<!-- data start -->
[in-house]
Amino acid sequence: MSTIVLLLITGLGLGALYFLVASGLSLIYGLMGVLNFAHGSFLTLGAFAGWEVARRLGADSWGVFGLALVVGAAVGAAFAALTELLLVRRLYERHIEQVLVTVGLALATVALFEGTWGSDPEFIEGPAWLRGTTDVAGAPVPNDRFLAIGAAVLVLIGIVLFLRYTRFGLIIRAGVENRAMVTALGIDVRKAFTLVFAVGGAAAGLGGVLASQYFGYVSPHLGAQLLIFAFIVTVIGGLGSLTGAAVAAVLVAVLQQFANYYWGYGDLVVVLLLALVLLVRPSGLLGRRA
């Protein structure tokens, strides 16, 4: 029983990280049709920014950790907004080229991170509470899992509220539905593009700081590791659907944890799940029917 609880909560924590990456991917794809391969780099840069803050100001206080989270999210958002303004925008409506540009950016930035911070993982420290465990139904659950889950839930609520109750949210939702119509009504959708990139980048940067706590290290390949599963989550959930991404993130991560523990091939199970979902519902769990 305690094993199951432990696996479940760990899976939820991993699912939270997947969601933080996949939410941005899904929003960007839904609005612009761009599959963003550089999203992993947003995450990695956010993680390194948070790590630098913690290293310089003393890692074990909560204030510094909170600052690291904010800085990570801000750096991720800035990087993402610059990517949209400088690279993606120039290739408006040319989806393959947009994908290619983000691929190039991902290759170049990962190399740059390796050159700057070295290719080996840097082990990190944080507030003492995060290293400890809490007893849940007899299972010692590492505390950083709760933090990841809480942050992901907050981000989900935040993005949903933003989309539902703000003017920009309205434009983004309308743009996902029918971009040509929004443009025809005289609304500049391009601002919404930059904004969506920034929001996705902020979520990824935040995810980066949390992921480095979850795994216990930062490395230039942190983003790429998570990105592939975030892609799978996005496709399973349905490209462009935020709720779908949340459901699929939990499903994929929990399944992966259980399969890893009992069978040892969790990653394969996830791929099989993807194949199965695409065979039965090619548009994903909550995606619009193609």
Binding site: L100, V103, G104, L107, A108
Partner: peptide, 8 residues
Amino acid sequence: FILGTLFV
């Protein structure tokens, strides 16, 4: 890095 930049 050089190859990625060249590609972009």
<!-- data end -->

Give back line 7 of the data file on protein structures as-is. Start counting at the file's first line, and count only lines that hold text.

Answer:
């Protein structure tokens, strides 16, 4: 890095 930049 050089190859990625060249590609972009």